062 HPM 0517

HPM May 2017

Stepping up safety issues When working at heights it’s crucial that you’re using the safest equipment possible and that is why there are European standards in place to ensure you’re protected. Paul Bruton, WernerCo’s product development director, explains how to guarantee your tools measure up In the UK over 60% of fatal injuries in the workplace occur when working at height, so it is vital that all access solutions adhere to British and European Ladder Certification standards. For the heating and plumbing industry it is key that installers are using ladders that comply with EN131 legislation, which ensures products are covered by minimum safety requirements. Ladders that are compliant with EN131 are independently tested and certified to a set standard so it is easy to determine whether a product measures up. The standard covers ladders that are used for trade use, perfect for plumbers and heating engineers who may not always need to use a ladder on a day-to-day basis. What product to choose? Not only is it paramount that your ladders conform to EN131 standards, when deciding what ladder to choose it is best practice to determine what work you’ll be carrying out with the ladder. If you’re working around electricity, a fibreglass ladder has to be used because of its non-conductive properties and to protect against potential shocks. “For the heating and plumbing industry it is key that installers are using ladders that comply with EN131 legislation, which ensures products are covered by minimum Before beginning a task where work at height is required, first ask yourself a few questions: Will the task be completed in under 30 minutes? If so, will the ladder be positioned on a level and stable foundation? If not, alternative equipment should be sought. Any work that is done with the aid of a ladder should always be carried out face-on and also should not be used if the user has to over-stretch. Work at Height regulations prohibit over-stretching, which can ultimately diminish productivity if the installer cannot move around easily, or if they are confined to a very small work area. Ladders are also not suitable if there is a requirement to lift awkward or heavy loads. With safety of paramount importance, a number of key produ ct considerations shou ld be taken into account at the point of purchase. These inclu de fact ors such as whether the ladder is the right size and material for the jo b; whether a standing platform is required; and if i t is equipped with a tool tray to reduce the number of trips up and dow n the ladder. For certain tasks, use of a ladder is not always appropriate, and instead an access platform is required. An alternative option is a low-level work system, which is perfect for long duration work and where frequent access to the working area is required. The benefits of access equipment like the BoSS Low Level Work System is that it’s easy to assemble and boasts a large working area allowing space for two people to work together on the same platform. Flexibility is one of the main advantages of these units, making it a practical option for site use across a number of different building environments. The BoSS system is a two-man working unit, available in lengths of 1.3m and 2.6m, and at platform heights of 0.75m and 1m. It’s this type of flexible construction and versatile application that has helped to increase the popularity of access systems over permanent scaffolding options. For installers unsure on which type of access equipment is appropriate for the job, the Work at height Access equipment Information Toolkit is a free online resource that provides details of some of the most common types of access equipment and where its use is most appropriate. 62 TOOLS & EQUIPMENT Fibreglass ladders are suitable for all specialist trades www.hpmmag.com May 2017 safety requirements” enquiry number 139 A tool tray will reduce the number of trips up and down the ladder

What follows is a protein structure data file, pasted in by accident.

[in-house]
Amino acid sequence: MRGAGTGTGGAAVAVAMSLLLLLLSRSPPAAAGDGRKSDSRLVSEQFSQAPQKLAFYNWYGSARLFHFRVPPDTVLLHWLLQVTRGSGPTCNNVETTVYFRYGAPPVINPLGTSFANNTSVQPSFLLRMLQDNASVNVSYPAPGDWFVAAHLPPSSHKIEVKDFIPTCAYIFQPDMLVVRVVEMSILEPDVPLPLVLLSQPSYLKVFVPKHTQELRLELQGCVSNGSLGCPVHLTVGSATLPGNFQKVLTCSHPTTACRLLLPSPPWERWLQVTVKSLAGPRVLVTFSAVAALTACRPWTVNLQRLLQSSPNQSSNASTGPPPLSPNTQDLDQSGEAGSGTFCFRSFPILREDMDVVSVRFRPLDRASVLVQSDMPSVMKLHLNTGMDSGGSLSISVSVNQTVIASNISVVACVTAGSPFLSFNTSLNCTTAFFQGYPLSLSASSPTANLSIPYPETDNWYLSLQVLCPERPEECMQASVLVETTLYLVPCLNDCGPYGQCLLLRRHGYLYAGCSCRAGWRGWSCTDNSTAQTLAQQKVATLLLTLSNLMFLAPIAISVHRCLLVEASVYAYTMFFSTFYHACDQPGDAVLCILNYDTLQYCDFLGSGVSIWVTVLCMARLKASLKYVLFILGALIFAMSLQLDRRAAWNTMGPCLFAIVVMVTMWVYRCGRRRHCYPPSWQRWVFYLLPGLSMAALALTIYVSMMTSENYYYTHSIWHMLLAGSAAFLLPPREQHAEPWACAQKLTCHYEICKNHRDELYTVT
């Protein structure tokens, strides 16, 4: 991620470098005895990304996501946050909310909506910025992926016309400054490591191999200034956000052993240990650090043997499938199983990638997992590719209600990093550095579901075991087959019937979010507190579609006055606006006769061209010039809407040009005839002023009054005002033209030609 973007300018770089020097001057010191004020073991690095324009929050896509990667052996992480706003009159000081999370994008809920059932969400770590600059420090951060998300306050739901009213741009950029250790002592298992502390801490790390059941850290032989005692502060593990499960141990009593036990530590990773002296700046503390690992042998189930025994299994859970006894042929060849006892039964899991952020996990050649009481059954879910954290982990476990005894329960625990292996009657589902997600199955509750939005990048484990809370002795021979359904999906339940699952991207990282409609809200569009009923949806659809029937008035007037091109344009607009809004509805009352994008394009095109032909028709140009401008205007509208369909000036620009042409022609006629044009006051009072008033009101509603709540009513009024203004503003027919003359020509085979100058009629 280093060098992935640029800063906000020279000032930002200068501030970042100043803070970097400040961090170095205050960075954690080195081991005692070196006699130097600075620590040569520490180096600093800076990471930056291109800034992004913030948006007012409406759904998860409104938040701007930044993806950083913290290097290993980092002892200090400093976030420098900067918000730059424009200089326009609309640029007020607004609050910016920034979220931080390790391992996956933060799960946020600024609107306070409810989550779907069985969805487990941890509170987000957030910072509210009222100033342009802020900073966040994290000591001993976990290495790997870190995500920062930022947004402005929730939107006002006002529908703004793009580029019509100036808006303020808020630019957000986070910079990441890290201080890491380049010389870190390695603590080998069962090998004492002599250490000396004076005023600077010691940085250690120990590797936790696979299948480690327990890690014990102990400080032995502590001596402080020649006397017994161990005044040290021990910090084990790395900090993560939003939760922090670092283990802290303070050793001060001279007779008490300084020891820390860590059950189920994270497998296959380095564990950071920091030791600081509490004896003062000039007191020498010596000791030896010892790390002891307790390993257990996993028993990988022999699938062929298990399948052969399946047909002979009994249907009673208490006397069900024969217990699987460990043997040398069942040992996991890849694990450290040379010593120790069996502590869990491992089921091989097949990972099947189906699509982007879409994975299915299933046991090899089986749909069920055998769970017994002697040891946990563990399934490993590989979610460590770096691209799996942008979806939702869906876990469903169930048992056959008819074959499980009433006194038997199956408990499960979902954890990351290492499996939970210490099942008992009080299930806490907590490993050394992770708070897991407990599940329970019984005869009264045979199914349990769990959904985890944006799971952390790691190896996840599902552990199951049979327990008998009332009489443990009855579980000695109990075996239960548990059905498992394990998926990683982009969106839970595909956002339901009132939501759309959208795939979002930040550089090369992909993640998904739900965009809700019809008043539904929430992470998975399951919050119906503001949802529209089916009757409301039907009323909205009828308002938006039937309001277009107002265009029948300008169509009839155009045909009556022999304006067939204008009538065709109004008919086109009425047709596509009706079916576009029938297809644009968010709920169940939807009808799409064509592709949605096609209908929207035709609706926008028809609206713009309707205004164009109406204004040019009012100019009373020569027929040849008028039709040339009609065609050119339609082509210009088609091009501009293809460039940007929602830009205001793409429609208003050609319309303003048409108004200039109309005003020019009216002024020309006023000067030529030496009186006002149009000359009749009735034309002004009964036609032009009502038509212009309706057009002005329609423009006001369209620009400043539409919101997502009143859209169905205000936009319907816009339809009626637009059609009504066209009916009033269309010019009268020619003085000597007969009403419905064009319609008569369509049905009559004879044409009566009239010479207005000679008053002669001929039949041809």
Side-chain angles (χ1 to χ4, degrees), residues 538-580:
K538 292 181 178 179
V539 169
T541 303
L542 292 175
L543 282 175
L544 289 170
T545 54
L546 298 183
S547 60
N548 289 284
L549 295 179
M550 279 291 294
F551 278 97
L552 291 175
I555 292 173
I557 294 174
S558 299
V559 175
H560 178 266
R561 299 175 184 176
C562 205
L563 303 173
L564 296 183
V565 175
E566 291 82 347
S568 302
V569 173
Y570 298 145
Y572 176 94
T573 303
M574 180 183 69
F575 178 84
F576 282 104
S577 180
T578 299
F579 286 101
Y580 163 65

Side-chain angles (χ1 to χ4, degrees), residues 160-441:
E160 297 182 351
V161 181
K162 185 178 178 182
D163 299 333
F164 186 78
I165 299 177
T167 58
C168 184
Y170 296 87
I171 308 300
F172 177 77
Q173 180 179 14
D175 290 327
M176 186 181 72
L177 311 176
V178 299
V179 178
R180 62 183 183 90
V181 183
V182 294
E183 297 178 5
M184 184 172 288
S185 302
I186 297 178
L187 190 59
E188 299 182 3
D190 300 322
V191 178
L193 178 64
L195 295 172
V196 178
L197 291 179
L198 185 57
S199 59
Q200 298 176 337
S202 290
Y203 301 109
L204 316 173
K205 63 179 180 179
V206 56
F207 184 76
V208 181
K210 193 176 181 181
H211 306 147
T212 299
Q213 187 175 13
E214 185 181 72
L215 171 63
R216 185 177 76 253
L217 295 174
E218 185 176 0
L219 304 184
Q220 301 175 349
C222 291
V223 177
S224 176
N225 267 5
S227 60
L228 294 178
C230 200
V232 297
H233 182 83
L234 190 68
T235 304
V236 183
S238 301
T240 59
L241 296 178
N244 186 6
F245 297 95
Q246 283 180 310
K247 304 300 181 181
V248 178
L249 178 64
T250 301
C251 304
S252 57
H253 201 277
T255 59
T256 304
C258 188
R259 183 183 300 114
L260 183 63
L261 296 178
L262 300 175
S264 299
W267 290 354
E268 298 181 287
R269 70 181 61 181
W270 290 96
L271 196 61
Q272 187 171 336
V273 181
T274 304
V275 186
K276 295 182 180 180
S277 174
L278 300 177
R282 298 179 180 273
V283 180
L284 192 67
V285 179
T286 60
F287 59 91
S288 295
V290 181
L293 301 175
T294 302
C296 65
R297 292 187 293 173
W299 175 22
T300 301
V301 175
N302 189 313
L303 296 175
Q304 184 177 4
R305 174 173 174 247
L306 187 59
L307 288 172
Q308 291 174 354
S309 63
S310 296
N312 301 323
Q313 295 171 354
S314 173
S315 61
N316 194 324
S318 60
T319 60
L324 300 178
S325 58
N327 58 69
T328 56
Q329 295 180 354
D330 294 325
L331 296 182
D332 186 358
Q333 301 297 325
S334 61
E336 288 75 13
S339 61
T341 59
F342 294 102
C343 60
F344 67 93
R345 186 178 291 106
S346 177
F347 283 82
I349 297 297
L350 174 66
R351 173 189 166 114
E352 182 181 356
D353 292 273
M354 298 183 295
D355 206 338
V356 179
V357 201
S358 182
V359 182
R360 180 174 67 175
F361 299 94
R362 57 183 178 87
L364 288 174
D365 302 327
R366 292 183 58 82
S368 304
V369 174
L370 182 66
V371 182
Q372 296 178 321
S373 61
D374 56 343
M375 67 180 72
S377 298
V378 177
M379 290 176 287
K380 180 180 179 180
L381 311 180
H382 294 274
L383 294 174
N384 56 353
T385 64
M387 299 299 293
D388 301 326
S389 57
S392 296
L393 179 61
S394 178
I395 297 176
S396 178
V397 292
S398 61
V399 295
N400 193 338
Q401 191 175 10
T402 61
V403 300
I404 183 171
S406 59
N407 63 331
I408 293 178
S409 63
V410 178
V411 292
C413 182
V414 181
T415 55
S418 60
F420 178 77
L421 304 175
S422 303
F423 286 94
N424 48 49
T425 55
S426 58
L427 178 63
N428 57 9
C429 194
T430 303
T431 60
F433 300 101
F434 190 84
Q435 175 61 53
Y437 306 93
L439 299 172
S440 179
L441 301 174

HPM May 2017
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